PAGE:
With the forthcoming Economy, Jobs and Fair Work Committee’s current inquiry into the Gender Pay Gap in Scotland I thought it would be helpful to outline the distinctions between equal pay and the gender pay gap. Many think we don’t have a pay gap in our economy due to equal pay legislation.
Equal Pay and the Gender Pay Gap are two completely separate issues.
Equal Pay is covered by the Equality Act of 2010 which means that men and women in the same employment performing equal work must receive equal pay.
The Gender Pay Gap is the difference between men and women’s average earnings in a business or across the labour market. The Pay Gap is expressed as a percentage of men’s earnings.
The Gender Pay Gap exists for a whole host of reasons.
Women are still more likely to work in part-time and low paid roles compared to men. In Scotland, women account for 76% of all part-time workers.
The average gender pay gap across the UK is 18% however in some sectors it is much higher including financial services where it is estimated to be as high as 39%. Simplistically we can say that is because in this sector there is likely to be more men in higher paid roles than women.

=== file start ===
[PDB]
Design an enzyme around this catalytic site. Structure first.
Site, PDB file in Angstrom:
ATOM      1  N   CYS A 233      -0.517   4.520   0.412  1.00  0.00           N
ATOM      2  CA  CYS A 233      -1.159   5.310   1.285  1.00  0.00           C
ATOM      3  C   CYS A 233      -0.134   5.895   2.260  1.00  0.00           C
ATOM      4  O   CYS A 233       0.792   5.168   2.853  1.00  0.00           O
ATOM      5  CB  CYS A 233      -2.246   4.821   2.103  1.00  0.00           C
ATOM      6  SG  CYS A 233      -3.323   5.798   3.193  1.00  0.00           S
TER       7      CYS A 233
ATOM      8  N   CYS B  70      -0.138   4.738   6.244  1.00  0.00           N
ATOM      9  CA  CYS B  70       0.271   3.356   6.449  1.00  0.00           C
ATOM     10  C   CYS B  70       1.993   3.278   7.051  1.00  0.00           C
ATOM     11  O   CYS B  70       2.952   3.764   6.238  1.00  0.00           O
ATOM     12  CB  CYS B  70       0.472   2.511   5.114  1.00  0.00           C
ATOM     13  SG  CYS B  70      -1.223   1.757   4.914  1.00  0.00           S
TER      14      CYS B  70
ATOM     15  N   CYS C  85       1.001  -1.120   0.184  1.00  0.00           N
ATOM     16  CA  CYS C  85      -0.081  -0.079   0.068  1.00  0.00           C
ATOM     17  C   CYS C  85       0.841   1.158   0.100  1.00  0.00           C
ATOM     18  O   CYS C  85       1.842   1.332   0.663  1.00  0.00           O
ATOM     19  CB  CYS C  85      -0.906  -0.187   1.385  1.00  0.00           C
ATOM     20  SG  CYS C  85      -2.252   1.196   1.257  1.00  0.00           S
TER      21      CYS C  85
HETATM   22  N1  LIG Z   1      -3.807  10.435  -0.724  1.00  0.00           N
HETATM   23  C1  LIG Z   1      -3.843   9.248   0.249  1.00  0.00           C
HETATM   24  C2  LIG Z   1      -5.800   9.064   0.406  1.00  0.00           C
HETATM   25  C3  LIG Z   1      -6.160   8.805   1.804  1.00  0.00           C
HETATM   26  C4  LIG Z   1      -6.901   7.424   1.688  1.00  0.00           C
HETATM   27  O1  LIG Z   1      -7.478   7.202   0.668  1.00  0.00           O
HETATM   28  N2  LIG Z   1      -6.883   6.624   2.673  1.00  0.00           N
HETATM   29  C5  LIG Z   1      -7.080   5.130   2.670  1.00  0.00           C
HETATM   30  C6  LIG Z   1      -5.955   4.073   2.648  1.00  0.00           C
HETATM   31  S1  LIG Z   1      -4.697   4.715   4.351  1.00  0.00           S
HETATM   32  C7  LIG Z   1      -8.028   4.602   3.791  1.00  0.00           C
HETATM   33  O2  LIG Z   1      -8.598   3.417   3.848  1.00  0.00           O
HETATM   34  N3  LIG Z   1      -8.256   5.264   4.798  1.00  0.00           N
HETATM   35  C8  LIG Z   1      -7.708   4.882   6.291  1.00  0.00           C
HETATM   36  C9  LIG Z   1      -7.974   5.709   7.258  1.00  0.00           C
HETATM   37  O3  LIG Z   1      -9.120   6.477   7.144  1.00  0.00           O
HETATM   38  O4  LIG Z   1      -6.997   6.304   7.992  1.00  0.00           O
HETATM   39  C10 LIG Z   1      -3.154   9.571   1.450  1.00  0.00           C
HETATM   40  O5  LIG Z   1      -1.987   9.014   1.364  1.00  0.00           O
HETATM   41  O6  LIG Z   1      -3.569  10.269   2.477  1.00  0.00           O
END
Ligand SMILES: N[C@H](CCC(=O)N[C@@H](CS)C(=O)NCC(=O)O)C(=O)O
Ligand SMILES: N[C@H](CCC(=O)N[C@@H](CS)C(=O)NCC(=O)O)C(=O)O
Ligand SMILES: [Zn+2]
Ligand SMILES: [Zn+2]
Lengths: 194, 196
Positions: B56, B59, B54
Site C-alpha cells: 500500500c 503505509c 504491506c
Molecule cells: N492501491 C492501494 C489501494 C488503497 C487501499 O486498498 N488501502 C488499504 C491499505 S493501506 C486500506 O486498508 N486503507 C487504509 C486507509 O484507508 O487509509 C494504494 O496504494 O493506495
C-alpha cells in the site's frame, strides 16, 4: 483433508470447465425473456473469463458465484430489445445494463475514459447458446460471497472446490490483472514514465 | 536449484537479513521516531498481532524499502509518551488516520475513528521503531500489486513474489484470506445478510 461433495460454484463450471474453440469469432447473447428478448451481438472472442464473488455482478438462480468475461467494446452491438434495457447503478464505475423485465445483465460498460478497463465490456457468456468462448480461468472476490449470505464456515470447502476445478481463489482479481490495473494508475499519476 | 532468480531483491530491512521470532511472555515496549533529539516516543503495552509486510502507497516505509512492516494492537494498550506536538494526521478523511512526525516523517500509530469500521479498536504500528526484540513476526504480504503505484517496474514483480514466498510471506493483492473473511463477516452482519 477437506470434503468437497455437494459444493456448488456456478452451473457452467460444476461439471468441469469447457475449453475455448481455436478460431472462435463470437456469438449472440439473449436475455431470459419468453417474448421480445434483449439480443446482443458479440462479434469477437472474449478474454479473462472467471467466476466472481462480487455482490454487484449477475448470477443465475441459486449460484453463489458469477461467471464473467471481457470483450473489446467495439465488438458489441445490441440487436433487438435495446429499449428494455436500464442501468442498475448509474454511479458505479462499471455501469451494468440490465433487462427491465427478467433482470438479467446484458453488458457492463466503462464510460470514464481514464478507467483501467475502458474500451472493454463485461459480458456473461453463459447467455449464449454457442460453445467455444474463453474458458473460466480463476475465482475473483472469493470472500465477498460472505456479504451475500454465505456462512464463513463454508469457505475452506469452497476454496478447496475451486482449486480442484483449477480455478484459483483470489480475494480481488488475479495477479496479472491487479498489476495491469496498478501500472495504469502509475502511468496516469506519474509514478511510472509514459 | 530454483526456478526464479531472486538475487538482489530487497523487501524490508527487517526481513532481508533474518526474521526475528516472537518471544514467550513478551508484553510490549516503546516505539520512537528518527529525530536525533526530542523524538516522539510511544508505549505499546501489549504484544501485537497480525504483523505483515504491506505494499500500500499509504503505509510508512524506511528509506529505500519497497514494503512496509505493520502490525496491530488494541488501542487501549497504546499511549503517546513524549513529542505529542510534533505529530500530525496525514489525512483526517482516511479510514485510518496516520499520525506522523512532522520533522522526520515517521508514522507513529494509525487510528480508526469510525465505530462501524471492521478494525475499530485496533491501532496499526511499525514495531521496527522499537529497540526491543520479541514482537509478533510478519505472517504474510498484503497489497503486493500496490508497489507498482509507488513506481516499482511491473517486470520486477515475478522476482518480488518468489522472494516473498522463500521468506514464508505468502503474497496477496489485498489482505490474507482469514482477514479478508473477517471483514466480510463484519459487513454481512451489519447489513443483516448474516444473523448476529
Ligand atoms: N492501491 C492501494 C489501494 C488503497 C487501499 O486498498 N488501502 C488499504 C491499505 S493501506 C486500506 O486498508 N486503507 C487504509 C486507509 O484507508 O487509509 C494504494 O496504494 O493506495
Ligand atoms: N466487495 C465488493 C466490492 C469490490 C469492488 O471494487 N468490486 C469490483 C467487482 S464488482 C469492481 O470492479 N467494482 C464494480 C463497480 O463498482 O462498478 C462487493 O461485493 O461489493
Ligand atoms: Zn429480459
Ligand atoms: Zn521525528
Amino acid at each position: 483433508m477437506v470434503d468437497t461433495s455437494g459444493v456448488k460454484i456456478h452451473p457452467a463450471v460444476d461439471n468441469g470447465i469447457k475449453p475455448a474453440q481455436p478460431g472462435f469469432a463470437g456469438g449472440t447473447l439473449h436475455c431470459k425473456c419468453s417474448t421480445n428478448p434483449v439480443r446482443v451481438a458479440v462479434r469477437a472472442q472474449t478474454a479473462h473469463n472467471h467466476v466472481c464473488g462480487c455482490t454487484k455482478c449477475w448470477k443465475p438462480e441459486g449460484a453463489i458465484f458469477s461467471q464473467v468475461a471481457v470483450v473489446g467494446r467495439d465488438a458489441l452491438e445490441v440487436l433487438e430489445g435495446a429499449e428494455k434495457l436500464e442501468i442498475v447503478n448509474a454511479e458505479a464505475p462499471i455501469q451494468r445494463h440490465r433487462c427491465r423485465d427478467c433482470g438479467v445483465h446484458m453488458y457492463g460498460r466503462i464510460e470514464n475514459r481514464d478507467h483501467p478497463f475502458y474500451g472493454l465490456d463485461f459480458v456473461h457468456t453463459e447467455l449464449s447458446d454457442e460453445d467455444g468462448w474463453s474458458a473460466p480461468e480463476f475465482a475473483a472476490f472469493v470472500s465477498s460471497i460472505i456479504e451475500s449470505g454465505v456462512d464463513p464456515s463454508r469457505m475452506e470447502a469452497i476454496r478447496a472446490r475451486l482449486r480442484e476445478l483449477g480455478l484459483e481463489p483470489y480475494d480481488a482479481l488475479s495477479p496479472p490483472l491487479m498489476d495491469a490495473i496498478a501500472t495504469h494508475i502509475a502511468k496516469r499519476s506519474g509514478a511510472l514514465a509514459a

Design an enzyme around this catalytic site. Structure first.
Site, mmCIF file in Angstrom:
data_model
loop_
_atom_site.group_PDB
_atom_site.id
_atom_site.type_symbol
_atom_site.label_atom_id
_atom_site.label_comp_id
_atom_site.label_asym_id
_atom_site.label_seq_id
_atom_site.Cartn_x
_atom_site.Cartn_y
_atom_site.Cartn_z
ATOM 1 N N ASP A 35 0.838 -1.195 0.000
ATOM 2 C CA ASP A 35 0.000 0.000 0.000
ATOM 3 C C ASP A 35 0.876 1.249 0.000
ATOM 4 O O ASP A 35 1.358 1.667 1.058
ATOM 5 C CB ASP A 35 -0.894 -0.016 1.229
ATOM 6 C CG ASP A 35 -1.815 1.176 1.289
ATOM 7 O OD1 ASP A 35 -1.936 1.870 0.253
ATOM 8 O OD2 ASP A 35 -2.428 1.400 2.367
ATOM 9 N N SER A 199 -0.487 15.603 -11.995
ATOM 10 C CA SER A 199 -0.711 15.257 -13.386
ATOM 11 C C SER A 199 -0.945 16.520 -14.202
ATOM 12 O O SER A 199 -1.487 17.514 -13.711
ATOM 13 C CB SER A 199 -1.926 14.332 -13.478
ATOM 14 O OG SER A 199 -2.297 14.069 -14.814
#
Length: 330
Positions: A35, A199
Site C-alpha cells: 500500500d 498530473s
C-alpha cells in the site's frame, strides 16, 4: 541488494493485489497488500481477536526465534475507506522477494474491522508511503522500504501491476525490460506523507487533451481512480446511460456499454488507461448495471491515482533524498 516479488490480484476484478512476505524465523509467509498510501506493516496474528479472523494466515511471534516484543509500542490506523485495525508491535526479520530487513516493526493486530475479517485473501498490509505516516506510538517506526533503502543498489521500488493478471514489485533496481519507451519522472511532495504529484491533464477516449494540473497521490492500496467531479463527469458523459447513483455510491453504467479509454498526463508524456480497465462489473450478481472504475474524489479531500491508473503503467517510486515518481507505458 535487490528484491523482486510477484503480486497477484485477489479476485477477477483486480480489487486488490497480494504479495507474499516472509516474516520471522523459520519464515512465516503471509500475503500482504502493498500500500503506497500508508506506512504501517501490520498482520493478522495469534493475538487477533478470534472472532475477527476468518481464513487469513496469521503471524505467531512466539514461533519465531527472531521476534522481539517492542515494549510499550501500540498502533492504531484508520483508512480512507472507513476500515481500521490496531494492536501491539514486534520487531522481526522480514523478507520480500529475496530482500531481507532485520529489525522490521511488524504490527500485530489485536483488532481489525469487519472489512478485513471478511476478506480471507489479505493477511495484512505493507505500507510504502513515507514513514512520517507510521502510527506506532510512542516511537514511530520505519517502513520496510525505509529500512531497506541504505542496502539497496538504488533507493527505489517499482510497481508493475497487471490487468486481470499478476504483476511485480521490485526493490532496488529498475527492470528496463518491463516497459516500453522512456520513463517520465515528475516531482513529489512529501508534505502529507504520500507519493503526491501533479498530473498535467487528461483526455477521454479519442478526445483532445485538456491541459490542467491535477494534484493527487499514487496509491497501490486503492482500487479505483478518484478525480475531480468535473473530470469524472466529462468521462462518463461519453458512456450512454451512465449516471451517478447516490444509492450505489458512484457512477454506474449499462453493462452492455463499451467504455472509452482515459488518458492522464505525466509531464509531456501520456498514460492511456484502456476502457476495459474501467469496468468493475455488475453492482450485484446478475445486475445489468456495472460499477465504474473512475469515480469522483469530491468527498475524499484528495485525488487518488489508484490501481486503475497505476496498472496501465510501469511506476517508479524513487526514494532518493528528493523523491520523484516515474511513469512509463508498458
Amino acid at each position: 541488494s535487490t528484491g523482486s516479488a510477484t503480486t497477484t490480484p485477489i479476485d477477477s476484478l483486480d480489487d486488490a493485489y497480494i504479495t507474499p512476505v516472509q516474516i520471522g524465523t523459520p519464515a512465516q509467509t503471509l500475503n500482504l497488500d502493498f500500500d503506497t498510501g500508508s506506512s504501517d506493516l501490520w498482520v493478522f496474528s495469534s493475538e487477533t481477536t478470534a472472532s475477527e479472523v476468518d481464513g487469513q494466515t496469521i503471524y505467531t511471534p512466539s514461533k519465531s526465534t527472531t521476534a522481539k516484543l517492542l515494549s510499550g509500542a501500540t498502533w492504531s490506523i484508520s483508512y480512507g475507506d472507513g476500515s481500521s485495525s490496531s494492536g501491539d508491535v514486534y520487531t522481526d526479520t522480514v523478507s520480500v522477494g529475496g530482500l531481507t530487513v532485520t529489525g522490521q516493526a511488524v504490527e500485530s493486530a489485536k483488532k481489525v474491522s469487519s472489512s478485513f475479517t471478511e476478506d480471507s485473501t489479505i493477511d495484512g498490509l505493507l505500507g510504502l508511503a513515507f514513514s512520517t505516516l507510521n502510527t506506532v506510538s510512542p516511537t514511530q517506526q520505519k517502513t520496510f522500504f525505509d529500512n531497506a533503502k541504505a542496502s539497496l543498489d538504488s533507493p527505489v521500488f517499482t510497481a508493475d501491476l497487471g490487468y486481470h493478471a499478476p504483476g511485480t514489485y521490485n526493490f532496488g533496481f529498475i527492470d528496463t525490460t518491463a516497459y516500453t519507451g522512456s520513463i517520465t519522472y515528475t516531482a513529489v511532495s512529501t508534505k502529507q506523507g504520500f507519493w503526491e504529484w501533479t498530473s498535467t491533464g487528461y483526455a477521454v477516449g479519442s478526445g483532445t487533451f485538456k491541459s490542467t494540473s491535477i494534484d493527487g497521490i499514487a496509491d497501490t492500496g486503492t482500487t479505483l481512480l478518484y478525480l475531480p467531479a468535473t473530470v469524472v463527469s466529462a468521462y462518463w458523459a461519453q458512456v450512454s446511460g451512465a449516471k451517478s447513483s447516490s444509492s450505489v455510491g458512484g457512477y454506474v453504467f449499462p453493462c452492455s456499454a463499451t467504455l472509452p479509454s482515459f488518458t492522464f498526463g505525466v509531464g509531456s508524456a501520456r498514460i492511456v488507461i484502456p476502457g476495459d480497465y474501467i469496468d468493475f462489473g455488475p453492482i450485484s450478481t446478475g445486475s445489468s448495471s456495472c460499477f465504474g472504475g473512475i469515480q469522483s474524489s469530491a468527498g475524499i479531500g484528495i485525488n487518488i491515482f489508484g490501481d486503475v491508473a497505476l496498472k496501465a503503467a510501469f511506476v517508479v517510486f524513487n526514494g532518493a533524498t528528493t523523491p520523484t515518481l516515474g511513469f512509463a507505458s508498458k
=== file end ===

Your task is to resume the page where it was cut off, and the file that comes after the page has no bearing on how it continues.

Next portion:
The Gender Pay Gap isn’t unique to Scotland or the UK. Global estimates suggest that it could take another 140 years for the gap to close at a global level.
So in Scotland – how do we tackle the gap that remains? This is complex and there is no one correct answer but taking a detailed and evidenced based approach to understanding the facts is a start.
If we know what the gap is key industry sectors in Scotland we can start to look at how we use the tools available to us to close it. These include encouraging more girls into Science and Technology at a younger age and maintaining this interest beyond school to lead to career opportunities. For women in employment, how do we support more women to move from part-time to full-time work? How do we look at developing more women in work into senior leadership roles? How do we reward success in our companies? Are promotions solely based on presenteeism, finding someone in the boss’s own image or through closed networks?
This is a massive challenge but also a huge opportunity for Scotland’s economy. More women working and earning means more economic growth – inclusive economic growth.
We all have a part to play and the Economy, Jobs and Fair Work Committee’s inquiry is an important step in the journey.